Johnson Matthey raised its final dividend despite reporting that operating profits fell by 27% to £359m in the year to the end of March, as an impairment charge of £90m and a legal settlement of £50m weighed.

The £50m legal settlement, announced in February, was related to a lawsuit against the company.

The implementation of the group's restructuring programme resulted in costs of £43m which was below the company's previous guidance of £50m to £65m, while the closure of its health sector Riverside led to charge of £36m, the firm also recorded a £11m headwind related to its water technologies business.

In the year to March 31, revenues jumped 17% to £14.1bn and pre-tax profits fell 31% to £320m.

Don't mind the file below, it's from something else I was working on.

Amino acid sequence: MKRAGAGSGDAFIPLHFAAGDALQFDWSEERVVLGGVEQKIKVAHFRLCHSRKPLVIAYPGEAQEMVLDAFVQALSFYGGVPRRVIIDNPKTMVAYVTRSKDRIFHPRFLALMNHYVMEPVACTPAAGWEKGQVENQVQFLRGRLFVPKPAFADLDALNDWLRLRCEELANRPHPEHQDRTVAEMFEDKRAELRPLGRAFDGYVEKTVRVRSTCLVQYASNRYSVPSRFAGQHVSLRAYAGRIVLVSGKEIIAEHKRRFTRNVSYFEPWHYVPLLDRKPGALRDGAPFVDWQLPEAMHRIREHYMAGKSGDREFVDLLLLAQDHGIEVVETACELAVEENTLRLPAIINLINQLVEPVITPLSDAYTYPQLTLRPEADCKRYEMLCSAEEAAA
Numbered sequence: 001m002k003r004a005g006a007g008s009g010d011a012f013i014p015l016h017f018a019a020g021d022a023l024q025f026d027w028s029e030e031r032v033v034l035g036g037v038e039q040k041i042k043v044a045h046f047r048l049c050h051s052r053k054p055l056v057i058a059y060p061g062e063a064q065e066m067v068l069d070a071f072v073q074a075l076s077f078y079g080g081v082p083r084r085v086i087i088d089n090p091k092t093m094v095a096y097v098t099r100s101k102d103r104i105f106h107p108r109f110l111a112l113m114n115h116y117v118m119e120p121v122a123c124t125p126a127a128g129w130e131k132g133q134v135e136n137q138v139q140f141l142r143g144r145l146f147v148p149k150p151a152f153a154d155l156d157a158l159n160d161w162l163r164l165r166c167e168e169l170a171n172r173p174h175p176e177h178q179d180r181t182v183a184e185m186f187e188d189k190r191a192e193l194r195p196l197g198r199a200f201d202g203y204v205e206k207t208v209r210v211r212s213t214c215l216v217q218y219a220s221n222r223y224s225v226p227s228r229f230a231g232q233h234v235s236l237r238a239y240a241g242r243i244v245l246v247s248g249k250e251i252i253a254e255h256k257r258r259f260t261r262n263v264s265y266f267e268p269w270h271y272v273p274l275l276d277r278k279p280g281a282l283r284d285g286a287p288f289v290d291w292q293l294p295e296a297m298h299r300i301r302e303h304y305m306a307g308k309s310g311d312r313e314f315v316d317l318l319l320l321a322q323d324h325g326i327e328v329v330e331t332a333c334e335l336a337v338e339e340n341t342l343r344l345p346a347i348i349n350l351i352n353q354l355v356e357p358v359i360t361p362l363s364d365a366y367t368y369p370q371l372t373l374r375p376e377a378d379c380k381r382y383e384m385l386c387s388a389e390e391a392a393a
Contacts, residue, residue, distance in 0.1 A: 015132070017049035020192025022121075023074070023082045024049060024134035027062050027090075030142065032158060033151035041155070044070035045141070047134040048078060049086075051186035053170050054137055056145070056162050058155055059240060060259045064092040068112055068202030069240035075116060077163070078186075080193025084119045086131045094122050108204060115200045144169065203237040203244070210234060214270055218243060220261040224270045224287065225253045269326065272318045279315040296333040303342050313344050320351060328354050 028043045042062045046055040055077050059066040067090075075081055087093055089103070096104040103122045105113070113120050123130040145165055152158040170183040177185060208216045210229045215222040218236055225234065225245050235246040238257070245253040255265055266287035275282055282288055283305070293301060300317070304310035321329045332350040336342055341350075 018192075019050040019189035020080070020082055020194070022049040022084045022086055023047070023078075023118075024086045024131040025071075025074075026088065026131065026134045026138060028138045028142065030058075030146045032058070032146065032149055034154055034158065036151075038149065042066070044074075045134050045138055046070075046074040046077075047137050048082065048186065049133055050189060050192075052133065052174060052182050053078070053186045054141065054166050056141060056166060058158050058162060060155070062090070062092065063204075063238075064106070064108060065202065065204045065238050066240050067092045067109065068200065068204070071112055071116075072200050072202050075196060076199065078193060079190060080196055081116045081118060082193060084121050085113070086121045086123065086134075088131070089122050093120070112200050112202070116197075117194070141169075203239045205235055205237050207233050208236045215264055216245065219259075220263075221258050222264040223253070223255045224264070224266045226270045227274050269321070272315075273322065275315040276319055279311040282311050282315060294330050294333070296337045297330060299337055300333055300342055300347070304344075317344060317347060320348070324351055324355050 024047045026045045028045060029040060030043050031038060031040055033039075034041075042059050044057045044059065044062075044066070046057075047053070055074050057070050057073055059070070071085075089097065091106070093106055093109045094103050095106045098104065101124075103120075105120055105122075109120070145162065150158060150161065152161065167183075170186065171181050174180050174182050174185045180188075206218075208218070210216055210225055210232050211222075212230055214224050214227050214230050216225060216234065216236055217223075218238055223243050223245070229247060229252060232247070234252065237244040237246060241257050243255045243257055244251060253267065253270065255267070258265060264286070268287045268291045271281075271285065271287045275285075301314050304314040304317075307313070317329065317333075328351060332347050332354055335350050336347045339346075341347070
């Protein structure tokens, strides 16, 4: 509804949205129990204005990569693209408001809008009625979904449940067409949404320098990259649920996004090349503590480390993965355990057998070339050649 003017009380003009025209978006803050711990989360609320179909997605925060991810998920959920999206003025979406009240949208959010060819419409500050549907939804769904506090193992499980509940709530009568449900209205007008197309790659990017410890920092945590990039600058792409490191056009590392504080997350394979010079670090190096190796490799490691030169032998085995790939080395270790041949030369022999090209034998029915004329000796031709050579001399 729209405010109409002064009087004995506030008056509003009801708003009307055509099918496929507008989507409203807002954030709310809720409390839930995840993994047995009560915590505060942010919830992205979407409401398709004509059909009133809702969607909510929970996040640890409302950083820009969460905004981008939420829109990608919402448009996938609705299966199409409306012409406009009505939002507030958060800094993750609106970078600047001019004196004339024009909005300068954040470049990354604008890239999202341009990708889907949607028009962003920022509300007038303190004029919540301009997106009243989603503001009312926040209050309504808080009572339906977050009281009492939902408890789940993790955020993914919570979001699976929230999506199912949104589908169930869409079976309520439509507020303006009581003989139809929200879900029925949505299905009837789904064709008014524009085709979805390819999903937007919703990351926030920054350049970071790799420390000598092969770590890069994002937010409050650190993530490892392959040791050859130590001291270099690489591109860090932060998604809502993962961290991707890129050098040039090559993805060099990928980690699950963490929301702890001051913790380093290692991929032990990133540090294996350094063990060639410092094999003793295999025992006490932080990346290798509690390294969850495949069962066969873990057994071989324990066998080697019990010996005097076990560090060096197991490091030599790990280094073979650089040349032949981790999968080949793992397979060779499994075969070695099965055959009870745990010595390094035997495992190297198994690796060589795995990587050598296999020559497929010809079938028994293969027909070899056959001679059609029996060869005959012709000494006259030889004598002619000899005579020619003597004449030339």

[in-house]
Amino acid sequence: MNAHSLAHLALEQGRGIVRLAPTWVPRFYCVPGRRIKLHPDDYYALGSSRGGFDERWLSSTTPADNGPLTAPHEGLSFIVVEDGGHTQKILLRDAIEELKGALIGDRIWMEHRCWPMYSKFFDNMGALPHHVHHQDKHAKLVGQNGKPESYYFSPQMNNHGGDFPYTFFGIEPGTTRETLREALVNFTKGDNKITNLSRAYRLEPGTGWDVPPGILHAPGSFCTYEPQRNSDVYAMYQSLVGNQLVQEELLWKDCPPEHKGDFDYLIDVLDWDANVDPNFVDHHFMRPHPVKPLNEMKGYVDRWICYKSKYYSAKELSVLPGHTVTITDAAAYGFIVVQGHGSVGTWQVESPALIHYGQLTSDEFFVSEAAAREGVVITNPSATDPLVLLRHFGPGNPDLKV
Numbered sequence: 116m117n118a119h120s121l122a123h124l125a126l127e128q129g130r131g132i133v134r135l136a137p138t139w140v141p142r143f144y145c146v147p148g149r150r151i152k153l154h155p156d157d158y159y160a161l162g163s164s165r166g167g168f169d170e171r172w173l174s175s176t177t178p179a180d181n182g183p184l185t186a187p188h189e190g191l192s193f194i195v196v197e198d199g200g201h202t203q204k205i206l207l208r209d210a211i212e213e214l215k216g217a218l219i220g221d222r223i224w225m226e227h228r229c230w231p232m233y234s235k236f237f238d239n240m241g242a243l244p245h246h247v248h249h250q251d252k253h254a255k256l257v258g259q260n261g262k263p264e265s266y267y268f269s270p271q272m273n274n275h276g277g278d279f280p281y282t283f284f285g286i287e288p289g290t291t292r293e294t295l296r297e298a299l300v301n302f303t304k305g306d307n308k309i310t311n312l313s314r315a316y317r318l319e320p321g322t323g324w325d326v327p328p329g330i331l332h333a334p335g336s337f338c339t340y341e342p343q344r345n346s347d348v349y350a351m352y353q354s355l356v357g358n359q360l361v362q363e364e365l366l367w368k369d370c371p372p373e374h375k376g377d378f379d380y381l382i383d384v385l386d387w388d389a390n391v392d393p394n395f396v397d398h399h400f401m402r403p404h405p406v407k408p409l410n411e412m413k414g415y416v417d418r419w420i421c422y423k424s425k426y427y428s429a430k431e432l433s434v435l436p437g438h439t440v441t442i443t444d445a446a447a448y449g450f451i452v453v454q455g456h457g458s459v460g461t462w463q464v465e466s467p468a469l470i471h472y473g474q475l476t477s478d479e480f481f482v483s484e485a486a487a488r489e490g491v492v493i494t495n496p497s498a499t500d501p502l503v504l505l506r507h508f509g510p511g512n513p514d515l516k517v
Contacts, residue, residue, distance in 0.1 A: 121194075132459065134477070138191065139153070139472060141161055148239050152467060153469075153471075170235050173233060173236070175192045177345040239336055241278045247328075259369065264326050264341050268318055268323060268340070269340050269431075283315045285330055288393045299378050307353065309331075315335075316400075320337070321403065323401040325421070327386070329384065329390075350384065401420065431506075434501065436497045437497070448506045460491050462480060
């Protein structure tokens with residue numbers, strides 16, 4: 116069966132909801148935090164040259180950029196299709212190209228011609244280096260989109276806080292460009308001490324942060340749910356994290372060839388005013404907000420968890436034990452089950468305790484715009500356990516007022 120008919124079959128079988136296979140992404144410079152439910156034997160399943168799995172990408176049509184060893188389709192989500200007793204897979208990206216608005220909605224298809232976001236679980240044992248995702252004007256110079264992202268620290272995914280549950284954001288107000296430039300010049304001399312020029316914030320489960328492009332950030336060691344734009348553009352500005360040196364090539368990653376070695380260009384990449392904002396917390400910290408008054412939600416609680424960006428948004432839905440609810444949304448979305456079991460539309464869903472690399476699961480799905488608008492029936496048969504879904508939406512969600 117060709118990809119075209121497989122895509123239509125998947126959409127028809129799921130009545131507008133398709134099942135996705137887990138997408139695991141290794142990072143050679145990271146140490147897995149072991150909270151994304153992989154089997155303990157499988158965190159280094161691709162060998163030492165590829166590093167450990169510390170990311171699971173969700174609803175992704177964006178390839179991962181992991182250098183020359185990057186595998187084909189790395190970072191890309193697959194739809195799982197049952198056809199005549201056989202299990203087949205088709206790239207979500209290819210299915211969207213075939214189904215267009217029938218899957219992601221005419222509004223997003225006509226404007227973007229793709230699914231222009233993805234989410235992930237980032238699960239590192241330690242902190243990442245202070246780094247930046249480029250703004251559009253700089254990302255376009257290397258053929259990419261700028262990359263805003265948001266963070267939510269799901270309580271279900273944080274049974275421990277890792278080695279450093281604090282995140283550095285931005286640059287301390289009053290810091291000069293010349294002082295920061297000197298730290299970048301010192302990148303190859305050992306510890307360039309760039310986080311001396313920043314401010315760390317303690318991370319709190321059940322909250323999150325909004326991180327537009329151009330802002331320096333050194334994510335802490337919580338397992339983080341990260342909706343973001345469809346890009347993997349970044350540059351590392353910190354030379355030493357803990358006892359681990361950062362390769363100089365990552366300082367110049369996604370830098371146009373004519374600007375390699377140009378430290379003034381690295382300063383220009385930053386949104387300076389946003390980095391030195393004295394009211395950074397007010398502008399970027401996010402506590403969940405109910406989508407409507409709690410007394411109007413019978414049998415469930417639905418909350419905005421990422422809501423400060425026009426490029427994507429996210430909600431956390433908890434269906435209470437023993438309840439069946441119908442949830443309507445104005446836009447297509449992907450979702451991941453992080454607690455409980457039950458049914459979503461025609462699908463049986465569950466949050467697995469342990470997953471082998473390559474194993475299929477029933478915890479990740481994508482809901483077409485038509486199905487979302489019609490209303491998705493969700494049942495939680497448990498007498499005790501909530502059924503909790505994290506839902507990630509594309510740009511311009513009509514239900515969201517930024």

The uptick in revenue was supported by strong performance in its clean air division as revenue rose 9% for the year after both heavy duty diesel sales and light duty sales were ahead of global vehicle production.

'Clean Air is expected to deliver a strong 2018 to 2019 as significant share gains in Light Duty Europe come through,' the company said.

The efficient natural resources division grew 4% but operating profit was lower due to lower licensing income and destocking.

The health division saw revenue grow 6% but delivered lower operating profit in the year.

The new markets division, meanwhile, saw sales fall 2% but operating profit rose 34%, led by the phasing of orders for battery systems.

The final dividend of 80p per share was proposed, up 7% from 75p.

In the coming year, the company expected mid to high single digit growth in both operating performance and earnings per share, and second half performance to be stronger.

The company would target cost savings of £7m relating to the restructuring programme started in the 2017 to 2018 financial year.